Johnson claims Brexit mandate with new conservative majority
LONDON (AP) — Prime Minister Boris Johnson pledged Friday to heal Britain’s divisions over Brexit after his gamble on early elections rewarded him with a commanding majority in Parliament and a new mandate to take his country out of the European Union at the end of January.
Johnson’s promise to “get Brexit done” and widespread unease with the leadership style and socialist policies of opposition leader Jeremy Corbyn combined to give the ruling Conservative Party 365 seats in the House of Commons, its best performance since party icon Margaret Thatcher’s last victory in 1987. Corbyn’s Labour Party slumped to 203 seats, 59 fewer than it won two years ago, vote totals showed Friday.
The results offer Johnson fresh momentum to push his EU withdrawal agreement through Parliament. Since taking office in July, he had led a minority government. After the House of Commons stalled his Brexit deal at the end of October, he called the election two years ahead of schedule in hopes of winning a clear majority.
“I will put an end to all that nonsense, and we will get Brexit done on time by the January 31 – no ifs, no buts, no maybes,” he said as supporters cheered.
Johnson also offered an olive branch to Britons who want to remain in the EU, saying he will respect their “warm feelings” and build a “new partnership” with the bloc as “friends and sovereign equals.”
Speaking Friday outside 10 Downing Street, he pledged to end acrimony over Brexit and urged the country to “let the healing begin.” He said he would work to repay voters’ trust.
Key leaders in Europe, signaled that they, too, were willing to start anew. French President Emmanuel Macron said it was time to build a common future.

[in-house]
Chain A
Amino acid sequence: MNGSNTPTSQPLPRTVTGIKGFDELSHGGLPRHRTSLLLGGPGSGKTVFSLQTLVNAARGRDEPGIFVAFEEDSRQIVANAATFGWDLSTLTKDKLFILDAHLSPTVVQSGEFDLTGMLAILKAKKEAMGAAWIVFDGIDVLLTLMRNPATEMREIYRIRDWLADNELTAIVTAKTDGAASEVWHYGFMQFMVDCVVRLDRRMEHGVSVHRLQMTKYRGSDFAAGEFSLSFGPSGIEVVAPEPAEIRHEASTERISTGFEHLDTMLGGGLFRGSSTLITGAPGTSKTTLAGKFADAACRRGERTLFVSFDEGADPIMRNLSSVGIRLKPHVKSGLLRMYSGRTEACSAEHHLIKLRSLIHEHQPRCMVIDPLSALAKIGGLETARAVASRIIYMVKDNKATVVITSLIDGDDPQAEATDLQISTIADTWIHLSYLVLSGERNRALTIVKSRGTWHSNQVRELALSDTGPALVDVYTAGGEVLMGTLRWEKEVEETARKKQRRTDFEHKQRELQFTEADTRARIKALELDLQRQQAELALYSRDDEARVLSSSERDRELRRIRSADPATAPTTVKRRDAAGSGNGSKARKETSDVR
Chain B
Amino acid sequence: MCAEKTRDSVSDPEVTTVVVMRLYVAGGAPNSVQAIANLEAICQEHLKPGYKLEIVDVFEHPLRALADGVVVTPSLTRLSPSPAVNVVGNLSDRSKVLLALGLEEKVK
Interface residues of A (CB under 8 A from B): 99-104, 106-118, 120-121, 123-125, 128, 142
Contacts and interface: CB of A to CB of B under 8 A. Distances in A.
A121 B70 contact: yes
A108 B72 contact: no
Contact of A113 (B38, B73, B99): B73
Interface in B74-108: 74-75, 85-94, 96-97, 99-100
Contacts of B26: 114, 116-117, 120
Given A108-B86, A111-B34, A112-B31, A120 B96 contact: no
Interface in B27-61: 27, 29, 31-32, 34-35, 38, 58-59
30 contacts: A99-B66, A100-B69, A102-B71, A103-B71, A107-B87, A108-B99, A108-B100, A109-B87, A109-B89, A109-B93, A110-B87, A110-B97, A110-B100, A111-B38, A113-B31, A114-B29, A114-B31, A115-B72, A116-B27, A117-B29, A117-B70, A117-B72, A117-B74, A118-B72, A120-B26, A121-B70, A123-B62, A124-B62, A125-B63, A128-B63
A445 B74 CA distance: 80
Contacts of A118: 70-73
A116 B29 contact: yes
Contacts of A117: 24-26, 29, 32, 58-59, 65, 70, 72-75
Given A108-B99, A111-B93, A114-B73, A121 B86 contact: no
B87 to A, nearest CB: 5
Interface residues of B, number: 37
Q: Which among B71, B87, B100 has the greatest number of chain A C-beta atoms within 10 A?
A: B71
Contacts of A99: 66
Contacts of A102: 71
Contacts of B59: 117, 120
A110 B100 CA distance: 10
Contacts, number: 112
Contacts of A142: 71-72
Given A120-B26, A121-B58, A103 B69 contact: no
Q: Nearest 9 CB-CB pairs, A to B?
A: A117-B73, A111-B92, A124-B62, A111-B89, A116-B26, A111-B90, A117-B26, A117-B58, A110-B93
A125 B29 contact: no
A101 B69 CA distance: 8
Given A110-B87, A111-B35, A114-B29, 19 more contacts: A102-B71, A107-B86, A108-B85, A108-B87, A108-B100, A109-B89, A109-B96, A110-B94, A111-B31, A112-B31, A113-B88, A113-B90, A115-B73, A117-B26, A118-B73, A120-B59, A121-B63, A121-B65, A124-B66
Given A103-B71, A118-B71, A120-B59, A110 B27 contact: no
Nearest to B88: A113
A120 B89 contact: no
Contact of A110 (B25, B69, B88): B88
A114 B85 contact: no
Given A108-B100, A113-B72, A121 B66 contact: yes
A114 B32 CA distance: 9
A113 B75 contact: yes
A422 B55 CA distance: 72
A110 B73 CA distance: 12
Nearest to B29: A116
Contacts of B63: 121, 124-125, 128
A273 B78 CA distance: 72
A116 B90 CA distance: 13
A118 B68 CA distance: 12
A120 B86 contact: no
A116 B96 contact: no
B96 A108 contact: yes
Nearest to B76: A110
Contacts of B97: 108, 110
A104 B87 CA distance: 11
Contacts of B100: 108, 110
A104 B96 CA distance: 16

“I also want to tell our British friends and allies something very simple: By this general election, you have confirmed the choice made more than three years ago, but you are not leaving Europe,” he said. “Our history, our geography, our values tie us beyond the twists and turns, difficulties or disappointments.”
U.S. President Donald Trump congratulated Johnson on “a tremendous victory,” and said he looked forward to a new trade deal with Britain.
“It’s going to be a great thing for the United States also, because it means a lot of trade, a tremendous amount of trade,” Trump told reporters in the Oval Office. “They want to do business with us so badly.”
The scale of Johnson’s success marked a stinging defeat for Corbyn, who had promised to lead Labour to victory with the “biggest people-powered campaign our country has ever seen.”
Instead, voters rejected his attempt to bridge divisions over Brexit by promising a second referendum on any deal with the EU. The vote also turned away the rest of the party’s agenda, which included promises to raise taxes on the rich, increase social spending and nationalize industries such as water delivery, railroads and the Royal Mail.
Corbyn, who spent his entire career as a backbench gadfly until unexpectedly winning a party leadership election in 2015, was criticized for silencing critics within the party and failing to root out anti-Semitism among his supporters.